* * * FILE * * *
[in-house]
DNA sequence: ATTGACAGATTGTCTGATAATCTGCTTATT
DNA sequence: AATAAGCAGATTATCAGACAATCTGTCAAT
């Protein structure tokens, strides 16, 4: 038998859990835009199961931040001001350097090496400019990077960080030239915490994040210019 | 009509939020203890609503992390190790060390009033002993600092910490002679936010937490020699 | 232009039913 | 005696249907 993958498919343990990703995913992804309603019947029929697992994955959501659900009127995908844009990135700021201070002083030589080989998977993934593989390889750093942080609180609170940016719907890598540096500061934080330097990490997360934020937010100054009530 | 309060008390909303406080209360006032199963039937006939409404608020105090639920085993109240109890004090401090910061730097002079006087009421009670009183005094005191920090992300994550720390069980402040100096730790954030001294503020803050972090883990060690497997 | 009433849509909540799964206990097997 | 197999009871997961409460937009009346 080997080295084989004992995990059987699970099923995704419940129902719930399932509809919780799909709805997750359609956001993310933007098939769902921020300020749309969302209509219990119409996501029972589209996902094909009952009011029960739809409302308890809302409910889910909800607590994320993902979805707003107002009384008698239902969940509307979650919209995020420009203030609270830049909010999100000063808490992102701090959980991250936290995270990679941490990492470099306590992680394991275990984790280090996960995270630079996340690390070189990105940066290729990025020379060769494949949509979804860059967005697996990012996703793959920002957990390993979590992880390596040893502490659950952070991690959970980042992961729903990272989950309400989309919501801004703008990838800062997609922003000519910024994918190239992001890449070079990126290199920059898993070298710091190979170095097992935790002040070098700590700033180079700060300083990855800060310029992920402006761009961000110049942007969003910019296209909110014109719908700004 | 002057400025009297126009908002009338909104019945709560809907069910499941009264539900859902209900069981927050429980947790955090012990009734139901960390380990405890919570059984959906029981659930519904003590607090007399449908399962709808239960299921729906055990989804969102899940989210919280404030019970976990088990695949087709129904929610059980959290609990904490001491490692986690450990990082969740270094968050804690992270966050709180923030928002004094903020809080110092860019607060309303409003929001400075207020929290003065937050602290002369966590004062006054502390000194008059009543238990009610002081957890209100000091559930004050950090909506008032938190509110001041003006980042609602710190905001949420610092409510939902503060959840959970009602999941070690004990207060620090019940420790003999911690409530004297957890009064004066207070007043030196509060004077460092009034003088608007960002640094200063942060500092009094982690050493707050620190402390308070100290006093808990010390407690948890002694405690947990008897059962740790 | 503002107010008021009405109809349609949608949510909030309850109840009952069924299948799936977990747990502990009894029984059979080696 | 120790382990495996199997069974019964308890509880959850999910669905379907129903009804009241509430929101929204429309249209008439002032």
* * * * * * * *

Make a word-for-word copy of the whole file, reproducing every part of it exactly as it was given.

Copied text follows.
[in-house]
DNA sequence: ATTGACAGATTGTCTGATAATCTGCTTATT
DNA sequence: AATAAGCAGATTATCAGACAATCTGTCAAT
């Protein structure tokens, strides 16, 4: 038998859990835009199961931040001001350097090496400019990077960080030239915490994040210019 | 009509939020203890609503992390190790060390009033002993600092910490002679936010937490020699 | 232009039913 | 005696249907 993958498919343990990703995913992804309603019947029929697992994955959501659900009127995908844009990135700021201070002083030589080989998977993934593989390889750093942080609180609170940016719907890598540096500061934080330097990490997360934020937010100054009530 | 309060008390909303406080209360006032199963039937006939409404608020105090639920085993109240109890004090401090910061730097002079006087009421009670009183005094005191920090992300994550720390069980402040100096730790954030001294503020803050972090883990060690497997 | 009433849509909540799964206990097997 | 197999009871997961409460937009009346 080997080295084989004992995990059987699970099923995704419940129902719930399932509809919780799909709805997750359609956001993310933007098939769902921020300020749309969302209509219990119409996501029972589209996902094909009952009011029960739809409302308890809302409910889910909800607590994320993902979805707003107002009384008698239902969940509307979650919209995020420009203030609270830049909010999100000063808490992102701090959980991250936290995270990679941490990492470099306590992680394991275990984790280090996960995270630079996340690390070189990105940066290729990025020379060769494949949509979804860059967005697996990012996703793959920002957990390993979590992880390596040893502490659950952070991690959970980042992961729903990272989950309400989309919501801004703008990838800062997609922003000519910024994918190239992001890449070079990126290199920059898993070298710091190979170095097992935790002040070098700590700033180079700060300083990855800060310029992920402006761009961000110049942007969003910019296209909110014109719908700004 | 002057400025009297126009908002009338909104019945709560809907069910499941009264539900859902209900069981927050429980947790955090012990009734139901960390380990405890919570059984959906029981659930519904003590607090007399449908399962709808239960299921729906055990989804969102899940989210919280404030019970976990088990695949087709129904929610059980959290609990904490001491490692986690450990990082969740270094968050804690992270966050709180923030928002004094903020809080110092860019607060309303409003929001400075207020929290003065937050602290002369966590004062006054502390000194008059009543238990009610002081957890209100000091559930004050950090909506008032938190509110001041003006980042609602710190905001949420610092409510939902503060959840959970009602999941070690004990207060620090019940420790003999911690409530004297957890009064004066207070007043030196509060004077460092009034003088608007960002640094200063942060500092009094982690050493707050620190402390308070100290006093808990010390407690948890002694405690947990008897059962740790 | 503002107010008021009405109809349609949608949510909030309850109840009952069924299948799936977990747990502990009894029984059979080696 | 120790382990495996199997069974019964308890509880959850999910669905379907129903009804009241509430929101929204429309249209008439002032």